On the other side of the A40 it roughly followed the line of the present Ridgeway Road as far as the curve to the right, at which point it continued in a straight line (map).

It then roughly followed the Eastern Bypass as far as Old Road (map)

It continued following the route of the eastern bypass through the Open Magdalen (now Magdalen Woods) (map). (The suggested line on the 1900 map is slightly out.)

Instead of curving right as the bypass does, the Roman road continued due south, passing through the present Slade Meadow and running to the east of Brasenose Farm and reaching the present Horspath Road just to the west of the Horspath Athletics & Sports Ground (map).

It crossed the present Horspath Road and continued into the present Roman Way in Cowley (a route to the Watlington Road closed by BMW) (map).

The Roman road continued due south, crossing the present Watlington Road over to Blackbird Leys. It followed the line of the present Blackberry Lane (crossing Grenoble Road) down past Cowley substation, turning into a footpath leadington down to Baldon Lane to to the west of Toot Baldon (map).

It continued through fields on the east side of Marsh Baldon (map).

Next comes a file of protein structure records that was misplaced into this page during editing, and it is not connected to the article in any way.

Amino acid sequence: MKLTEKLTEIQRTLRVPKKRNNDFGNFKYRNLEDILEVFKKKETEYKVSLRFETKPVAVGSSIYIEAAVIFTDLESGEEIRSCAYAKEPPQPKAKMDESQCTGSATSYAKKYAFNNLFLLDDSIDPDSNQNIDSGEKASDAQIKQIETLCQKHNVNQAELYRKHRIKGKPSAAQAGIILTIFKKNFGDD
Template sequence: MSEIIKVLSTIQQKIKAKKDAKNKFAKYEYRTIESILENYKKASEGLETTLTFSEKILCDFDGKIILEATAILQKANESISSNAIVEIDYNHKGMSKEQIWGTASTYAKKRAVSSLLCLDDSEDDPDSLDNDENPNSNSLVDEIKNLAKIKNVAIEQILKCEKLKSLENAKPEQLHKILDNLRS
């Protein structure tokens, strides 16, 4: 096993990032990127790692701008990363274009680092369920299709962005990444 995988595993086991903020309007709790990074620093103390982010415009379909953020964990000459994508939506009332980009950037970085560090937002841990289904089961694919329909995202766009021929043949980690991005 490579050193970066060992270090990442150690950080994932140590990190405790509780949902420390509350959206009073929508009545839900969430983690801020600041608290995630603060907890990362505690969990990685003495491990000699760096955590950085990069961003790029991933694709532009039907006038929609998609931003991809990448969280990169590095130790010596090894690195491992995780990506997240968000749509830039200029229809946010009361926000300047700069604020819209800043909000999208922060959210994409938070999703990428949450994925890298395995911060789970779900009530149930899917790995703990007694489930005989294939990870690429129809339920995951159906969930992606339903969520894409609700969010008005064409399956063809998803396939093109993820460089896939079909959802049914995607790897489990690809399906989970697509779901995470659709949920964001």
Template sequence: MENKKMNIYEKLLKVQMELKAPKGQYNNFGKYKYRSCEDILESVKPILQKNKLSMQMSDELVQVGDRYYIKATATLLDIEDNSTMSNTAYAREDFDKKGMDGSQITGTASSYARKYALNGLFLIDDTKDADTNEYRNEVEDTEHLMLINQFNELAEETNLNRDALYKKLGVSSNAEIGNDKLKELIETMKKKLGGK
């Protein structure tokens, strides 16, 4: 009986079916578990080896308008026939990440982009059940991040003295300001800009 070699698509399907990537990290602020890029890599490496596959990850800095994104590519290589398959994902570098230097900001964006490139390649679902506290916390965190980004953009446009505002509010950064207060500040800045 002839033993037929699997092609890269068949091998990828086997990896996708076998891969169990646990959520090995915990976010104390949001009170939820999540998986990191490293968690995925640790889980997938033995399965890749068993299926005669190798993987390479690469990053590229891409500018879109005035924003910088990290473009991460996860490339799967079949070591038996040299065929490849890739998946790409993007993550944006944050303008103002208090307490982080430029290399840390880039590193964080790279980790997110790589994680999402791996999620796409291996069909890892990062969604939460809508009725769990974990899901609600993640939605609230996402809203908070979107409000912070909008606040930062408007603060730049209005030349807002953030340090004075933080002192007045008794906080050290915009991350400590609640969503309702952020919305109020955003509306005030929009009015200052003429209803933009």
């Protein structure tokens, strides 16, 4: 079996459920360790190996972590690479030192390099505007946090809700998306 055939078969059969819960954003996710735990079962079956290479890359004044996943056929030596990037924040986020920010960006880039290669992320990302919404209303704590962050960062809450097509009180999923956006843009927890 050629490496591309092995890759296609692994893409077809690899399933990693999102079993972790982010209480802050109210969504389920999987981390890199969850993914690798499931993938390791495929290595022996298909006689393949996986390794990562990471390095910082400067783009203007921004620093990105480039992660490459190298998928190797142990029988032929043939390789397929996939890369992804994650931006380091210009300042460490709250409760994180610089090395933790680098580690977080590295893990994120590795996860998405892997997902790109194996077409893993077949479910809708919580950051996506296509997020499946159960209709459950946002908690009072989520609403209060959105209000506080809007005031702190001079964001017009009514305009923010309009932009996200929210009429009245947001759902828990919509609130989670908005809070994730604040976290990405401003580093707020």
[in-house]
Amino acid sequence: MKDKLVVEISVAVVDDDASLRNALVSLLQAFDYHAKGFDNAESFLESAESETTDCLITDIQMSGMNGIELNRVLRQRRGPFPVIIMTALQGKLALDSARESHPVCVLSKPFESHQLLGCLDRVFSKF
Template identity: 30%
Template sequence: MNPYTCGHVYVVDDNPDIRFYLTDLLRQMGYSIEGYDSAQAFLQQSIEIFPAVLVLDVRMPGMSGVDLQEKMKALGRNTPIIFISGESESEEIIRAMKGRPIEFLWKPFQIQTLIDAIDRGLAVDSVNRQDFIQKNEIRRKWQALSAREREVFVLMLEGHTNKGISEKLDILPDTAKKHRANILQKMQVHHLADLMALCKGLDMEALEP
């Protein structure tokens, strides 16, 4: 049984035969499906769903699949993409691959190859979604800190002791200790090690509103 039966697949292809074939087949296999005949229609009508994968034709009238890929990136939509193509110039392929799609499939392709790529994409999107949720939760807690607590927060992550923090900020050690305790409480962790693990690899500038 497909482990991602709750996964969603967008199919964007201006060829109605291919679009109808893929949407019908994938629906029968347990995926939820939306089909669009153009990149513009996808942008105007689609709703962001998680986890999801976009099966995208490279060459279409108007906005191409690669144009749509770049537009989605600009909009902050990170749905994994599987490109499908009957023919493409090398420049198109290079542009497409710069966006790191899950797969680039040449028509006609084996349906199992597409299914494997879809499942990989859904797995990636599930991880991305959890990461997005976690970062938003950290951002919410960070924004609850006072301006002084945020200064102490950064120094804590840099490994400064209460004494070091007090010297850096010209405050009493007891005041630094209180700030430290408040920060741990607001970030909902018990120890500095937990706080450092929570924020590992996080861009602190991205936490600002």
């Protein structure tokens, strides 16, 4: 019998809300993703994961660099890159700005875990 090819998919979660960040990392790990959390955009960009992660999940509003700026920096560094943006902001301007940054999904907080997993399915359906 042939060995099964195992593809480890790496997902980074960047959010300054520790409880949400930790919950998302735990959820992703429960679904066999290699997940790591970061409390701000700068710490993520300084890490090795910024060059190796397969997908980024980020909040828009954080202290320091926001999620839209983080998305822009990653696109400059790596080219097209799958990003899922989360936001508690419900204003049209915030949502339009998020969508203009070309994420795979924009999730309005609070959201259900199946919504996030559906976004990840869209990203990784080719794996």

It then followed roughly the route of the footpath through the middle of Berinsfield (map).

It crossed the line of the present A4074 and entered Dorchester-on-Thames roughly on the line of the present Oxford Road (map).

A substantial section of the Roman road was found in the Open Magdalen Wood (now deemed to be part of Brasenose Woods) during the construction of the eastern bypass, but was destroyed during the construction work. The route has also been found at Bayards Hill Primary School. A section also survived until recently at the west side of Ridgeway Road near the London Road.

For more detailed information about this road, see:

  • Victoria County History Vol. 1: A History of the County of Oxford (1939), “Romano-British remains: Roads”:
    The north-south road
  • Oxoniensia Vol. XXIV (1959), Notes and News: “The Roman road from Alchester to Dorchester”,
    reporting on the findings when the eastern bypass was constructed the previous year